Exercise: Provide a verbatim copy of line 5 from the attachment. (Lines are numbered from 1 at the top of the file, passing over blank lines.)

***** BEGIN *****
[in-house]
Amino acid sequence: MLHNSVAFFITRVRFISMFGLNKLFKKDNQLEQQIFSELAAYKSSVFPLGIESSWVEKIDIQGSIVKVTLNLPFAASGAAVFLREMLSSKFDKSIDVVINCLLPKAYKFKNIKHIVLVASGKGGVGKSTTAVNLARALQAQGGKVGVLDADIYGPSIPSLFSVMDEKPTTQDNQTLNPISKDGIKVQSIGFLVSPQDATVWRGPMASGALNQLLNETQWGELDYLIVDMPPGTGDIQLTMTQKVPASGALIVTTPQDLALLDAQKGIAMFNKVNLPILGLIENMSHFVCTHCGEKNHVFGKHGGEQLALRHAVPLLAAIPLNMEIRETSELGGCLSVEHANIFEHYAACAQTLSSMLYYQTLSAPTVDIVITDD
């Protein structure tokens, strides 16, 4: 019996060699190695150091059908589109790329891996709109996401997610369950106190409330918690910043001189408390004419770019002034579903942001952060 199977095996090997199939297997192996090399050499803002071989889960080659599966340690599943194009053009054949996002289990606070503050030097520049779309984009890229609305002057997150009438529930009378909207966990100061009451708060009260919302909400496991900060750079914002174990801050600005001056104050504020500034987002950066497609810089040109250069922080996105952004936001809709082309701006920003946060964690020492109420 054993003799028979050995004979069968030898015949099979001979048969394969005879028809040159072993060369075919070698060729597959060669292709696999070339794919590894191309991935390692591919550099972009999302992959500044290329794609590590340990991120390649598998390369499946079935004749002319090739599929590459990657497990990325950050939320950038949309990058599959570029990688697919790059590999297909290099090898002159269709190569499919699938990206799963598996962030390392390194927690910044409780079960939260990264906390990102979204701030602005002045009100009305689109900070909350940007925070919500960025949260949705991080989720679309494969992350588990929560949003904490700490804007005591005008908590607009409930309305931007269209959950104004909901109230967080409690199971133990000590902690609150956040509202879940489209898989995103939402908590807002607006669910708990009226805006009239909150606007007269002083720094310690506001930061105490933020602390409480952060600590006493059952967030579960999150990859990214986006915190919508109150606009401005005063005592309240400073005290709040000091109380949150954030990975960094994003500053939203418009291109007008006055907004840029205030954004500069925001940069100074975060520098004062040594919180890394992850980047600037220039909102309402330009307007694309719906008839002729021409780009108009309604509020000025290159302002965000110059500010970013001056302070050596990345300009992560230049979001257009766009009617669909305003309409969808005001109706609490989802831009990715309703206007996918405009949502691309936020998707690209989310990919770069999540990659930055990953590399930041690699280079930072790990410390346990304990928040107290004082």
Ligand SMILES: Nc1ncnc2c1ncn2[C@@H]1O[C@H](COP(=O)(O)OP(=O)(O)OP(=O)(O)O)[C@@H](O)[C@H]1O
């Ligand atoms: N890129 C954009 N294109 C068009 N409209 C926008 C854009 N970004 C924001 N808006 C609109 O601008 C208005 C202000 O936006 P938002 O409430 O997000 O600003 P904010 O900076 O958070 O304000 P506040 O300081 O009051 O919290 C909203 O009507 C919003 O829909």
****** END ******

């Ligand atoms: N890129 C954009 N294109 C068009 N409209 C926008 C854009 N970004 C924001 N808006 C609109 O601008 C208005 C202000 O936006 P938002 O409430 O997000 O600003 P904010 O900076 O958070 O304000 P506040 O300081 O009051 O919290 C909203 O009507 C919003 O829909």